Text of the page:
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KMap# Grant

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$163.4K Funding

1 People

External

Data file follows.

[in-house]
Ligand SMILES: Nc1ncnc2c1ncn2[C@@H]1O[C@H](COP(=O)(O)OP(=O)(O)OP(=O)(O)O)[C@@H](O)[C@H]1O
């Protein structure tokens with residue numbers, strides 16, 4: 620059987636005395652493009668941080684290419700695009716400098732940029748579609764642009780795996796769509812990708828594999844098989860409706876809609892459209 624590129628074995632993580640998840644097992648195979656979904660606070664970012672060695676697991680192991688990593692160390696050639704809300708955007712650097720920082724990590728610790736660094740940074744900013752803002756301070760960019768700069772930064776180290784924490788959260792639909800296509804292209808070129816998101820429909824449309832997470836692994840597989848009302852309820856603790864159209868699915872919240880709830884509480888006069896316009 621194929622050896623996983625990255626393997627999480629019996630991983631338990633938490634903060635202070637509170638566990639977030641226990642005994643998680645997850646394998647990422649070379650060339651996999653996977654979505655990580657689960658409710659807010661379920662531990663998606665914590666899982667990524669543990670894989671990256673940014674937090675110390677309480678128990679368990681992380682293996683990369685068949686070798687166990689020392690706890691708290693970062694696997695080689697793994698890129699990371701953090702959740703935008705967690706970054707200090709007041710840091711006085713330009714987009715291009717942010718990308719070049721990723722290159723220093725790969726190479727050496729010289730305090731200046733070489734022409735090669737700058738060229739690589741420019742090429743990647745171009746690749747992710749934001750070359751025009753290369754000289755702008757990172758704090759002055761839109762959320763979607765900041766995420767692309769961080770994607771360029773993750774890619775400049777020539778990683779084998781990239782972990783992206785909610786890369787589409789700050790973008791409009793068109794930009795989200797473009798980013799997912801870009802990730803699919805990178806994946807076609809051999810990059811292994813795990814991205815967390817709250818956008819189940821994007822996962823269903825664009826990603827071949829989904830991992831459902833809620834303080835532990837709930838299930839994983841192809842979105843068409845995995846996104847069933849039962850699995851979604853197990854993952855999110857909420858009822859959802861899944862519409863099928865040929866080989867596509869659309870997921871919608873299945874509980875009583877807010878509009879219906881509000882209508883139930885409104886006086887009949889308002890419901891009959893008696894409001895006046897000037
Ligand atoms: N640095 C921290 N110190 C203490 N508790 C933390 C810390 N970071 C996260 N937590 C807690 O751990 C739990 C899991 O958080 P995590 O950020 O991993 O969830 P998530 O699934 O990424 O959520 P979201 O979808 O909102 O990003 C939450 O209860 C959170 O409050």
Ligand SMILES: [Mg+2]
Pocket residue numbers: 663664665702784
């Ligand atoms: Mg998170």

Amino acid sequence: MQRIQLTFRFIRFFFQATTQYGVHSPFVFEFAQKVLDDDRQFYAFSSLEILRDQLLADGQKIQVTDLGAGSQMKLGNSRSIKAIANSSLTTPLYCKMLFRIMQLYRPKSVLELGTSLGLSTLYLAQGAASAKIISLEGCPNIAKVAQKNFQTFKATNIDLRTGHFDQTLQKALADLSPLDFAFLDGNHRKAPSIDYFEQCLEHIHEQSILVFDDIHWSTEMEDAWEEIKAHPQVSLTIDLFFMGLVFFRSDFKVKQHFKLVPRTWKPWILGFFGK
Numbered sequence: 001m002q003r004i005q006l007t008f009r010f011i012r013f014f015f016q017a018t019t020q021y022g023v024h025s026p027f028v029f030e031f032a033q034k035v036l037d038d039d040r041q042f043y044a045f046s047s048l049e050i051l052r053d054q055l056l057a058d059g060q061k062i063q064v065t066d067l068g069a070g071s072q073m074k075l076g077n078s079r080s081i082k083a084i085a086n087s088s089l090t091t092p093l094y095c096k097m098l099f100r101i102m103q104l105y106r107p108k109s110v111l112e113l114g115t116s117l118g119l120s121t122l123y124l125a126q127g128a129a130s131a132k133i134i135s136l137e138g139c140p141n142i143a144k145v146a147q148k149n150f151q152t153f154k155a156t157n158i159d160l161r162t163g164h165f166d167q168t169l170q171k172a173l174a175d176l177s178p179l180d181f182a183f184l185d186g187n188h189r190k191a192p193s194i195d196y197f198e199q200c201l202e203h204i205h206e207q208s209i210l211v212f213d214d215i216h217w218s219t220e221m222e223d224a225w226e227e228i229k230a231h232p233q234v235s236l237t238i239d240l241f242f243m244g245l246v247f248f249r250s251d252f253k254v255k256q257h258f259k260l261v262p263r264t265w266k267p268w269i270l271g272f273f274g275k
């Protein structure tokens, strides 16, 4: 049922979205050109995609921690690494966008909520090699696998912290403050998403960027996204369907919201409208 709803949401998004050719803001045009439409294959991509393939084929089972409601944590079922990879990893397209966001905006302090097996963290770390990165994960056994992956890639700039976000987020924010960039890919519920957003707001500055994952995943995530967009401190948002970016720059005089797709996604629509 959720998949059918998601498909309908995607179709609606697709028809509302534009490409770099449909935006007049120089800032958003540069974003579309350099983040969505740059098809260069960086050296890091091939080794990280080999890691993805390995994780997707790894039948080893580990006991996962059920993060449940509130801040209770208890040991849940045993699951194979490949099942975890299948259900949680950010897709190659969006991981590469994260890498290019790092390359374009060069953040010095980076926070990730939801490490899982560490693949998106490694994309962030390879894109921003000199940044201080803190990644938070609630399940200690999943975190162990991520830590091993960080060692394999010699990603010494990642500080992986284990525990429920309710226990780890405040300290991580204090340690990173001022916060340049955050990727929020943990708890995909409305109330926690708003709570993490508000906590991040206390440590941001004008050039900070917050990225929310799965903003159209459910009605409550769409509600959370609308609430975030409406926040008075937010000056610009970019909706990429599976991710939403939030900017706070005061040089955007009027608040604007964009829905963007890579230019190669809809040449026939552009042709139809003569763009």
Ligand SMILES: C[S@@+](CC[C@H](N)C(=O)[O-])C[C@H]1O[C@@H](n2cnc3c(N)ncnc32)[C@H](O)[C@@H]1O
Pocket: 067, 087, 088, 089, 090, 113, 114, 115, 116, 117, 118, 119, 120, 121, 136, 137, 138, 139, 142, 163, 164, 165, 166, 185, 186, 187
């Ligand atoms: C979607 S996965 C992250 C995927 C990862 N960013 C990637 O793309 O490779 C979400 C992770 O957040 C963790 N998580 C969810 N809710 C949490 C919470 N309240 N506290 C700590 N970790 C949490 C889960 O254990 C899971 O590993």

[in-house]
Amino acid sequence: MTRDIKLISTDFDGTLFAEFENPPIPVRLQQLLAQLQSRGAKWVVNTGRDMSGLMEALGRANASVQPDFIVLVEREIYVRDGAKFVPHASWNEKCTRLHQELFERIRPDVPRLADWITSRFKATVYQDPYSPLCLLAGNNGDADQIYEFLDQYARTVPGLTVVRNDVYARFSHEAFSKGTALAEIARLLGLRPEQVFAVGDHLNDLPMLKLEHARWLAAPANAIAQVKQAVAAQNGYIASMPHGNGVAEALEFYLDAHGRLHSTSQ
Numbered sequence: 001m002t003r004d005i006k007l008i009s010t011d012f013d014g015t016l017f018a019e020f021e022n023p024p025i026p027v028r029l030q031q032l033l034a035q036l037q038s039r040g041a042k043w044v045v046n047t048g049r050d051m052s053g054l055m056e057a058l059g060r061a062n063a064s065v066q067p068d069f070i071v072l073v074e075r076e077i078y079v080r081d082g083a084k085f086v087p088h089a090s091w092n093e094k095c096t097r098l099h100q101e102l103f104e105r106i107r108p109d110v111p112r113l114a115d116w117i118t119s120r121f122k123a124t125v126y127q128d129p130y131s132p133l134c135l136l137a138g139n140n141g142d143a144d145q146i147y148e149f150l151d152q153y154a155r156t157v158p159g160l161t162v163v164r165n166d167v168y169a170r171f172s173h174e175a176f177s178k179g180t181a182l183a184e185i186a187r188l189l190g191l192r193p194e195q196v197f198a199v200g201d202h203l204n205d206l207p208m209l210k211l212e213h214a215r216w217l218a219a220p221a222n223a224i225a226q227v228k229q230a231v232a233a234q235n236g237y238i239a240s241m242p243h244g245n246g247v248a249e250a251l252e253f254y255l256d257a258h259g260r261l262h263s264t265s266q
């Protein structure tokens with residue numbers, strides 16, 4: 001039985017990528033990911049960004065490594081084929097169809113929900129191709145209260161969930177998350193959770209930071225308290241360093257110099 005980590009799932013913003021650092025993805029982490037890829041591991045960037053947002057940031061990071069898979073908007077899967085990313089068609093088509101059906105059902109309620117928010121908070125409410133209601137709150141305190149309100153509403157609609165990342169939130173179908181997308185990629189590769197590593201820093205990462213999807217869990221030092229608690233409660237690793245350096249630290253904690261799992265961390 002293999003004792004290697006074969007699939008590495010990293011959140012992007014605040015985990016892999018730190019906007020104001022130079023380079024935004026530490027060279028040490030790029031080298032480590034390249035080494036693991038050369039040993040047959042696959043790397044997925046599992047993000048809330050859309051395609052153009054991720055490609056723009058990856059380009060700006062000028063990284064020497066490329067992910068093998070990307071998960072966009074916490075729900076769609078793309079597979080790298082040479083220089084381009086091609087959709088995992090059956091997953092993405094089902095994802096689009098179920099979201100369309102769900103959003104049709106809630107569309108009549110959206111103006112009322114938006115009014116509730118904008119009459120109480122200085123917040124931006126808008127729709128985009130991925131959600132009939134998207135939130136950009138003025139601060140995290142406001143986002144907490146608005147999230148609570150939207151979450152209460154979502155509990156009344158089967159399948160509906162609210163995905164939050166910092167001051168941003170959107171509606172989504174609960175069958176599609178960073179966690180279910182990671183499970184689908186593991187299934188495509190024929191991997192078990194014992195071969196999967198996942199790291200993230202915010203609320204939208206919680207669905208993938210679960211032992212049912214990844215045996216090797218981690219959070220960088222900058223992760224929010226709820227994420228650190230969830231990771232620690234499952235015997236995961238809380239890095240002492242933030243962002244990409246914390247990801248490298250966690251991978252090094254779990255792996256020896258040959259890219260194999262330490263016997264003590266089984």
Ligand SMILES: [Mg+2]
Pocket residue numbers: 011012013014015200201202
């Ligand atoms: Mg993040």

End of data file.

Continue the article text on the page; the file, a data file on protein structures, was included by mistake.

Diverse phenomena such as the spread of an invasive species, turbulent combustion, and the evolution of a cloud of particles in a gas can be modeled using partial differential equations. These examples necessarily involve nonlinearity, which is when the rate of change of a quantity depends on the quantity itself. A simple illustration of nonlinearity is the so-called Allee effect, where the reproduction rate of certain species is negative below a minimum population size, perhaps due to factors such as cooperative defense or mate limitation. Typically, nonlinearities present serious difficulties in the analysis of the model. In the context of various scientifically relevant classes of partial differential equations, this project aims to develop an understanding of when a model can be approximated by a (simpler) linear one and, more generally, which essential features are required by a minimal model to faithfully represent the essential behavior of the original phenomenon. The intent is to aid scientists to identify and implement the most tractable model for their investigations. The project will provide training opportunities for undergraduate students. A focus of the project is to develop technical tools for understanding the fundamental nature of the long-time behavior of several reaction-diffusion equations. These model systems exhibiting growth (reaction) and spreading (diffusion) in which an interface (front) forms and propagates with a constant speed. Classically, these systems are divided into two categories based on the underlying mechanism driving the movement of the front: linear behavior far beyond the front ('pulled' fronts) or nonlinear behavior at the front ('pushed' fronts). Often, the shape and speed of these fronts can depend strongly on intrinsic properties of the system, generally represented by a parameter. As the parameter changes, the character of the fronts may change from 'pulled' to 'pushed' or vice versa. New advances stemming from the recent introduction of ideas such as relative entropy and quantitative steepness as well as a careful understanding of the regularity of equations have opened the door to a high level of precision in characterizing this pulled-pushed transition. A second focus of the project is the development of the well-posedness theory of various collisional kinetic equations. This award reflects NSF's statutory mission and has been deemed worthy of support through evaluation using the Foundation's intellectual merit and broader impacts review criteria.